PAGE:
• Three April FDA clearances for smartphone-enabled diabetes devices

    12/12/2013 10:36:40 AM PST · by Ernest_at_the_Beach · 3 replies
    mobihealthnews.com ^ | May 8, 2013 | By: Brian Dolan
    Last month the US Food and Drug Administration gave three medical devices 510(k) Class II clearances that aim to help people with diabetes better manage their condition via glucose meters that connect to apps on smartphones and tablet devices.Palo Alto, California-based Glooko received its second 510(k) clearance for glucose monitoring logbook app and cable that connects various off-the-shelf meters to iPhones. The newly cleared app now includes the option for users to set goals to motivate healthy lifestyle choices. The five goals that can be added are limited to: Test blood glucose regularly; sync meter more often; keep readings within...
  • Could Alzheimer’s be Type 2 diabetes? Scientists claim extra insulin produced by those…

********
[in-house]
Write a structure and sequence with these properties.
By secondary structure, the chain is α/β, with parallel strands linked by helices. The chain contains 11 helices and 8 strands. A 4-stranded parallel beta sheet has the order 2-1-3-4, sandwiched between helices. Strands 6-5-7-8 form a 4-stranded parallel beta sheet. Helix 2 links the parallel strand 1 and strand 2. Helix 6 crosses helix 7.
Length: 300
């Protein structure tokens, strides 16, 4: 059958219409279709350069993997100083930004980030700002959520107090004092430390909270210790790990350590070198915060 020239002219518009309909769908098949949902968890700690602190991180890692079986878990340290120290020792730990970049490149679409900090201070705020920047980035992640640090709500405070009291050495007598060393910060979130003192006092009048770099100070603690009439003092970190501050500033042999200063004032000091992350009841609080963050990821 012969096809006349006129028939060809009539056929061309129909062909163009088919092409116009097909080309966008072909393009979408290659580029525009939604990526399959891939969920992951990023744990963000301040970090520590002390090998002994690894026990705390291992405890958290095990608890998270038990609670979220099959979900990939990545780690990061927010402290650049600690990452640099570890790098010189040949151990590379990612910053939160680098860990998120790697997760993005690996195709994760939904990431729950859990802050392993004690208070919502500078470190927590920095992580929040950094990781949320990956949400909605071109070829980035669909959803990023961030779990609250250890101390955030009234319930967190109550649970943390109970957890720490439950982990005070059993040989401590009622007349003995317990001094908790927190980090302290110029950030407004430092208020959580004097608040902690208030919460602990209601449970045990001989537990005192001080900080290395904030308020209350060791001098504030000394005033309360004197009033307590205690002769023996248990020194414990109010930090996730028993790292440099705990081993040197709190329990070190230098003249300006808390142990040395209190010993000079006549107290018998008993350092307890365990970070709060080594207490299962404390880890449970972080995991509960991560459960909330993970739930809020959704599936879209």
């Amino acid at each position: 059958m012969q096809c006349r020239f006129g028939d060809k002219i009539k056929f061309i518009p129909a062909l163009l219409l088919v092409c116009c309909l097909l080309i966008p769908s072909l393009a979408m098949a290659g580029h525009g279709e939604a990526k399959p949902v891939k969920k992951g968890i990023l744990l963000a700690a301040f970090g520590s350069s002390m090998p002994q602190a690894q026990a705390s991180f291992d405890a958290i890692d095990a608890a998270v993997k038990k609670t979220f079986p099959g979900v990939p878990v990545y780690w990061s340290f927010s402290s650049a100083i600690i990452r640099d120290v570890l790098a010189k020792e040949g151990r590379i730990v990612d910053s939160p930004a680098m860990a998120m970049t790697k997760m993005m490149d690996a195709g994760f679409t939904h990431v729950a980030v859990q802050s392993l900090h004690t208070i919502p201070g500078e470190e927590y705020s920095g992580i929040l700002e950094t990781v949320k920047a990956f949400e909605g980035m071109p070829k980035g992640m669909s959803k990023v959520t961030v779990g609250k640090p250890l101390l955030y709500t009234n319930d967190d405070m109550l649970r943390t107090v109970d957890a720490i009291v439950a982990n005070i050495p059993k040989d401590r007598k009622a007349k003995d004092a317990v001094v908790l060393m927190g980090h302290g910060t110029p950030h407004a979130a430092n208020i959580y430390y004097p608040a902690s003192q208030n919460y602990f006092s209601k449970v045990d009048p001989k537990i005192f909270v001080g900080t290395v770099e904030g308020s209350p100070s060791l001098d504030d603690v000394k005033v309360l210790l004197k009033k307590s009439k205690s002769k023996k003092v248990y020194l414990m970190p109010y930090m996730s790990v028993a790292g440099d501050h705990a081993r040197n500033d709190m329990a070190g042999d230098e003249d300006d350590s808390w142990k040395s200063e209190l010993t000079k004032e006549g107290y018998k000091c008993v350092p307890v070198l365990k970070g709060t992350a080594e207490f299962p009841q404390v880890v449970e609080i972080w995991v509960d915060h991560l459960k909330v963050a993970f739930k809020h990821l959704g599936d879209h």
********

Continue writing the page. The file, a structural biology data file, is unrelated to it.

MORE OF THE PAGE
12/01/2013 8:34:08 PM PST · by Olog-hai · 20 replies
    Mail on Sunday (UK) ^ | 17:36 EST, 1 December 2013 | Lizzie Edmonds and Sophie Borland
    Alzheimer’s and diabetes may be the same disease, scientists claim. They have uncovered evidence that the debilitating form of dementia may be late stages of type 2 diabetes. The discovery would explain why nearly three quarters of patients with this form of diabetes go on to develop Alzheimer’s. Researchers from Albany University, New York State, believe the excess insulin they produce gets into the brain and disrupts key chemicals. Eventually masses of amyloid proteins—which poison brain cells—are created because of the excess which leads to Alzheimers, they say. …
  • Woman Says She Called 911 for an Ambulance for Her Fiancé, Cops Came and Shot Him Instead

    10/17/2013 8:14:55 AM PDT · by Altariel · 46 replies
    Reason.com ^ | October 7, 2013 | Ed Krayewski